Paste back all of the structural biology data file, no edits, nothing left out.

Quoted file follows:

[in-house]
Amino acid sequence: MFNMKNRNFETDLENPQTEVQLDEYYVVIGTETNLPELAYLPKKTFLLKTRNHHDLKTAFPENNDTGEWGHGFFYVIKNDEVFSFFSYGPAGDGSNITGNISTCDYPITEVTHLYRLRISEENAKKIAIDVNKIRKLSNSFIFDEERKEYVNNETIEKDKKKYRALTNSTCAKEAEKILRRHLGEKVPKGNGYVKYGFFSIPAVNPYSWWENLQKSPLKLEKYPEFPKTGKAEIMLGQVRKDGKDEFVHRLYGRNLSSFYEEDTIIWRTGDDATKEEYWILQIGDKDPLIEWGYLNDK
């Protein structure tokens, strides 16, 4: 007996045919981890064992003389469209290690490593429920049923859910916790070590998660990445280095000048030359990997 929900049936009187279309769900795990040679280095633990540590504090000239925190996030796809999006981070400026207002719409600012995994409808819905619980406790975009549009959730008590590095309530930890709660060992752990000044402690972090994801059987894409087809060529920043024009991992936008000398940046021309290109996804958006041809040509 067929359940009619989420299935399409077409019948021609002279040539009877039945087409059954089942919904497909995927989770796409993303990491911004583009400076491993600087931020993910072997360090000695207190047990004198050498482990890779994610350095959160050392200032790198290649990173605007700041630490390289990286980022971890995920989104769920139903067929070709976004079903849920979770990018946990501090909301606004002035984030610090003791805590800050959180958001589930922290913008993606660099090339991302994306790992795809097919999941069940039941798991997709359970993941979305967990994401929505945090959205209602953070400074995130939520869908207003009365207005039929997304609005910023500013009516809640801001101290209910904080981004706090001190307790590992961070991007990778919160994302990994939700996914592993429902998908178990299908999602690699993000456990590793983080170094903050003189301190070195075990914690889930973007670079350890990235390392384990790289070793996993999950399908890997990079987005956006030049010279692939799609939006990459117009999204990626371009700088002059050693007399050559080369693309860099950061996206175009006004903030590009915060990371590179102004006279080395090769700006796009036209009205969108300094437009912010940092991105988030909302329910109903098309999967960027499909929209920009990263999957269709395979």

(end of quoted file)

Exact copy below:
[in-house]
Amino acid sequence: MFNMKNRNFETDLENPQTEVQLDEYYVVIGTETNLPELAYLPKKTFLLKTRNHHDLKTAFPENNDTGEWGHGFFYVIKNDEVFSFFSYGPAGDGSNITGNISTCDYPITEVTHLYRLRISEENAKKIAIDVNKIRKLSNSFIFDEERKEYVNNETIEKDKKKYRALTNSTCAKEAEKILRRHLGEKVPKGNGYVKYGFFSIPAVNPYSWWENLQKSPLKLEKYPEFPKTGKAEIMLGQVRKDGKDEFVHRLYGRNLSSFYEEDTIIWRTGDDATKEEYWILQIGDKDPLIEWGYLNDK
């Protein structure tokens, strides 16, 4: 007996045919981890064992003389469209290690490593429920049923859910916790070590998660990445280095000048030359990997 929900049936009187279309769900795990040679280095633990540590504090000239925190996030796809999006981070400026207002719409600012995994409808819905619980406790975009549009959730008590590095309530930890709660060992752990000044402690972090994801059987894409087809060529920043024009991992936008000398940046021309290109996804958006041809040509 067929359940009619989420299935399409077409019948021609002279040539009877039945087409059954089942919904497909995927989770796409993303990491911004583009400076491993600087931020993910072997360090000695207190047990004198050498482990890779994610350095959160050392200032790198290649990173605007700041630490390289990286980022971890995920989104769920139903067929070709976004079903849920979770990018946990501090909301606004002035984030610090003791805590800050959180958001589930922290913008993606660099090339991302994306790992795809097919999941069940039941798991997709359970993941979305967990994401929505945090959205209602953070400074995130939520869908207003009365207005039929997304609005910023500013009516809640801001101290209910904080981004706090001190307790590992961070991007990778919160994302990994939700996914592993429902998908178990299908999602690699993000456990590793983080170094903050003189301190070195075990914690889930973007670079350890990235390392384990790289070793996993999950399908890997990079987005956006030049010279692939799609939006990459117009999204990626371009700088002059050693007399050559080369693309860099950061996206175009006004903030590009915060990371590179102004006279080395090769700006796009036209009205969108300094437009912010940092991105988030909302329910109903098309999967960027499909929209920009990263999957269709395979």